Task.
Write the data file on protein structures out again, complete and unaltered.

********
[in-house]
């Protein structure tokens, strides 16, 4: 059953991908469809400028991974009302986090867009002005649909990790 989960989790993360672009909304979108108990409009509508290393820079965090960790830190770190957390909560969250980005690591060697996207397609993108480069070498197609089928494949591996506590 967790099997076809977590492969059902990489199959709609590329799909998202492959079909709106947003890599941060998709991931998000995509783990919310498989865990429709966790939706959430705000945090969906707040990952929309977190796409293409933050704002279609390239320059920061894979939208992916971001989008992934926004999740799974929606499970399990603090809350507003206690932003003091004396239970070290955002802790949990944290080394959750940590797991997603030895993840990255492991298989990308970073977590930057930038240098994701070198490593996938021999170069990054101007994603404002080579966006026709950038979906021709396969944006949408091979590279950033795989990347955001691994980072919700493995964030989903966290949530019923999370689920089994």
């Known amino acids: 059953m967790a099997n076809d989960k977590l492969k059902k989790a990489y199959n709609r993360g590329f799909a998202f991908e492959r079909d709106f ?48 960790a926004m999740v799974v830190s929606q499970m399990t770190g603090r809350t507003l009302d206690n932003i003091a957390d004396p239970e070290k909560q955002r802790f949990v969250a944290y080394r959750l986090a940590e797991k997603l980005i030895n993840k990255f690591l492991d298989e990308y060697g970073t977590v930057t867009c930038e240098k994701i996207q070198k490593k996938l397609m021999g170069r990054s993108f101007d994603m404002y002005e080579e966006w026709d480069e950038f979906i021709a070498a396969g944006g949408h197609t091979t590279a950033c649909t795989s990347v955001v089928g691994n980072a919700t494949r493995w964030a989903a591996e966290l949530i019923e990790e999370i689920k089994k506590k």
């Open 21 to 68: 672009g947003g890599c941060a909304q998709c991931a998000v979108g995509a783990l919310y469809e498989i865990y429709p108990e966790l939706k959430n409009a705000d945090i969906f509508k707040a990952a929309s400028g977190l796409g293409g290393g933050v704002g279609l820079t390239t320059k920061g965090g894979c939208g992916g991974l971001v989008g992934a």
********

[in-house]
């Protein structure tokens, strides 16, 4: 059953991908469809400028991974009302986090867009002005649909990790 989960989790993360672009909304979108108990409009509508290393820079965090960790830190770190957390909560969250980005690591060697996207397609993108480069070498197609089928494949591996506590 967790099997076809977590492969059902990489199959709609590329799909998202492959079909709106947003890599941060998709991931998000995509783990919310498989865990429709966790939706959430705000945090969906707040990952929309977190796409293409933050704002279609390239320059920061894979939208992916971001989008992934926004999740799974929606499970399990603090809350507003206690932003003091004396239970070290955002802790949990944290080394959750940590797991997603030895993840990255492991298989990308970073977590930057930038240098994701070198490593996938021999170069990054101007994603404002080579966006026709950038979906021709396969944006949408091979590279950033795989990347955001691994980072919700493995964030989903966290949530019923999370689920089994």
């Known amino acids: 059953m967790a099997n076809d989960k977590l492969k059902k989790a990489y199959n709609r993360g590329f799909a998202f991908e492959r079909d709106f ?48 960790a926004m999740v799974v830190s929606q499970m399990t770190g603090r809350t507003l009302d206690n932003i003091a957390d004396p239970e070290k909560q955002r802790f949990v969250a944290y080394r959750l986090a940590e797991k997603l980005i030895n993840k990255f690591l492991d298989e990308y060697g970073t977590v930057t867009c930038e240098k994701i996207q070198k490593k996938l397609m021999g170069r990054s993108f101007d994603m404002y002005e080579e966006w026709d480069e950038f979906i021709a070498a396969g944006g949408h197609t091979t590279a950033c649909t795989s990347v955001v089928g691994n980072a919700t494949r493995w964030a989903a591996e966290l949530i019923e990790e999370i689920k089994k506590k």
């Open 21 to 68: 672009g947003g890599c941060a909304q998709c991931a998000v979108g995509a783990l919310y469809e498989i865990y429709p108990e966790l939706k959430n409009a705000d945090i969906f509508k707040a990952a929309s400028g977190l796409g293409g290393g933050v704002g279609l820079t390239t320059k920061g965090g894979c939208g992916g991974l971001v989008g992934a």